is the lava-filled remains of a lunarimpact crater on the Moon. It is located on the northeastern shore of the Mare Imbrium, at the western extremity of the Montes Alpesmountain range. In the mare to the south are several rises collectively named the Montes Teneriffe. To the north lies the wide stretch of the Mare Frigoris. East of the crater, among the Montes Alpes, are several rillescollectively named the Rimae Plato.
Coordinates 51.6°N 9.3°W
Diameter 109 kmDepth1,468 m
Colongitude 9° at sunrise
The exact elevation was first mapped on an LTO map. Its widest diameter is 109 km long and the depth is 1 km. According to the LRO, its diameter is 106.4 km from southwest to northeast, its depth is 1,468 meters, the highest elevation is 1,092 meters below mean level (the full sphere) and the lowest is 2,560 meters. The area is less than 1,100 km² and the perimeter is over 100 km.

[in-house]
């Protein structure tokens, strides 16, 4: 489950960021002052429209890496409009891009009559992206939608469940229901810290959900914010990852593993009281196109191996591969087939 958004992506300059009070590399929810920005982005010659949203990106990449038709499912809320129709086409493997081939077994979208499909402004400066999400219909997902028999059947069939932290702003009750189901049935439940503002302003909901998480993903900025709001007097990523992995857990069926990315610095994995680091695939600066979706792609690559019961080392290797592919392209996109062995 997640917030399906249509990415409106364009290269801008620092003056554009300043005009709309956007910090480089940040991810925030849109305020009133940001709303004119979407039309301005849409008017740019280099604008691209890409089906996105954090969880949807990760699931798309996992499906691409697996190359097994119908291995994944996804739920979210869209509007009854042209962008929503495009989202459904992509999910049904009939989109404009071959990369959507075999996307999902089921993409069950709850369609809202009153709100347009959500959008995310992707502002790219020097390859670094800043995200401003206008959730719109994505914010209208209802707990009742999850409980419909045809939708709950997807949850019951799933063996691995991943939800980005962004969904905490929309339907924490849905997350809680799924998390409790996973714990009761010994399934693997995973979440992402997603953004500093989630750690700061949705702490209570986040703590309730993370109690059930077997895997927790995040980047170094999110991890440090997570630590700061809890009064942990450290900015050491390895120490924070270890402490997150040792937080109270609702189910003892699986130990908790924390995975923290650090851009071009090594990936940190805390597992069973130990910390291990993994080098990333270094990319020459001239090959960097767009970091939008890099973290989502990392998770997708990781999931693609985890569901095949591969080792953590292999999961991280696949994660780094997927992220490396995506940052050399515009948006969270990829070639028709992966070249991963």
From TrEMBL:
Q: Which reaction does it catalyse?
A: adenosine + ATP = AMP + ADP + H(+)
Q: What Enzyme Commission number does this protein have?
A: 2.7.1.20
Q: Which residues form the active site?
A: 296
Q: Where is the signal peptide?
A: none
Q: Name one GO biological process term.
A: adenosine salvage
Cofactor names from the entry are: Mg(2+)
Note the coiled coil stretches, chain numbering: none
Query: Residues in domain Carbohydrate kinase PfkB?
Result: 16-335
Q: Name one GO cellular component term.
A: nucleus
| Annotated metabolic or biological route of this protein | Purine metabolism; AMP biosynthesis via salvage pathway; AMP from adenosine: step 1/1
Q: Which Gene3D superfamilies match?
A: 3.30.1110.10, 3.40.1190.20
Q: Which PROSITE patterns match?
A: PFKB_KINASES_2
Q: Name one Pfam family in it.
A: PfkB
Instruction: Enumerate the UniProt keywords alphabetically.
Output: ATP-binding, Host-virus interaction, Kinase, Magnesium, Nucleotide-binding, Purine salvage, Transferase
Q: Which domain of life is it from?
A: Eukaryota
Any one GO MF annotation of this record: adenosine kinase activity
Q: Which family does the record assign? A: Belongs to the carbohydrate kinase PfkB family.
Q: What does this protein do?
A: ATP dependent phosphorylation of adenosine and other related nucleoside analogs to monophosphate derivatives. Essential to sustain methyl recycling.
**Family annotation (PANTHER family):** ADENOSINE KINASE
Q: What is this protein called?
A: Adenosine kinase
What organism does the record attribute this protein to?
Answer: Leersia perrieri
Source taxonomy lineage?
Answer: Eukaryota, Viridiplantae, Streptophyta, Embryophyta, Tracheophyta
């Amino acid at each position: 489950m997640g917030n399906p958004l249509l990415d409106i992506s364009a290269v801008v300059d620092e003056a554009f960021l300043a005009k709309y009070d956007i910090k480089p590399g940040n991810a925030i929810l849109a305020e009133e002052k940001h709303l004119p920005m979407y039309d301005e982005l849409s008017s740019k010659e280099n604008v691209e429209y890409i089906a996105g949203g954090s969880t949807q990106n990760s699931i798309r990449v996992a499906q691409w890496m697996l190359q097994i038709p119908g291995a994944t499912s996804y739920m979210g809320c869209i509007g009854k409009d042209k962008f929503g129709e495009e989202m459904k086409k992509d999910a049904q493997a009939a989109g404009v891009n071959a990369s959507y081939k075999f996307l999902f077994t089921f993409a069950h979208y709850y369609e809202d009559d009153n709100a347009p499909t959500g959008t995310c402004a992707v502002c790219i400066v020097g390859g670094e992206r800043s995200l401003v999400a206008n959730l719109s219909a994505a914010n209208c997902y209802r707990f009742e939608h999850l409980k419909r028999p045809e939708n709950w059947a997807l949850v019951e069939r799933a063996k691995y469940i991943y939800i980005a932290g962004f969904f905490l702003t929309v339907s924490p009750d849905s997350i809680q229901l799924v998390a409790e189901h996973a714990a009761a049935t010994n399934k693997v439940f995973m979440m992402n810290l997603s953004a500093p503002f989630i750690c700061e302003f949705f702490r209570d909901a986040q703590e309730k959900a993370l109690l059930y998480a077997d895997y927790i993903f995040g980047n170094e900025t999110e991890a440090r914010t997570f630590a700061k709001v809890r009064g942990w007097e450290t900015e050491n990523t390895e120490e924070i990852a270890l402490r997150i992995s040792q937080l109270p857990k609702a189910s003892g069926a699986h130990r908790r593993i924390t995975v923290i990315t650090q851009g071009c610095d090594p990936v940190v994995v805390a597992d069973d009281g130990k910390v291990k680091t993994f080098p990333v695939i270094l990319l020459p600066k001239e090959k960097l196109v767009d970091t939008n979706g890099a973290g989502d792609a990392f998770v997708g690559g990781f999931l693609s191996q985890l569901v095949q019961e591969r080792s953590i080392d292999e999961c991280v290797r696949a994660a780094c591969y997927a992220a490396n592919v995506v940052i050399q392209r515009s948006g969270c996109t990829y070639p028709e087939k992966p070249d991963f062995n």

The age of Plato is about 3.84 billion years, only slightly younger than the Mare Imbriumto the south. The rim is irregular with 2-km-tall jagged peaks that project prominent shadows across the crater floor when the Sun is at a low angle. Sections of the inner wall display signs of past slumping, most notably a large triangular slide along the western side. The rim of Plato is circular, but from the Earth it appears oval due to foreshortening.
The flat floor of Plato has a relatively low albedo, making it appear dark in comparison to the surrounding rugged terrain. The floor is free of significant impact craters and lacks a central peak. However, there are a few small craterlets scattered across the floor.
DAY: Thursday DATE: 4/2/14 TIME: 22:00
SCOPE: Dob 8px 1200/f6
EYEPIECE: Excplore Scientific 4.7mm 82°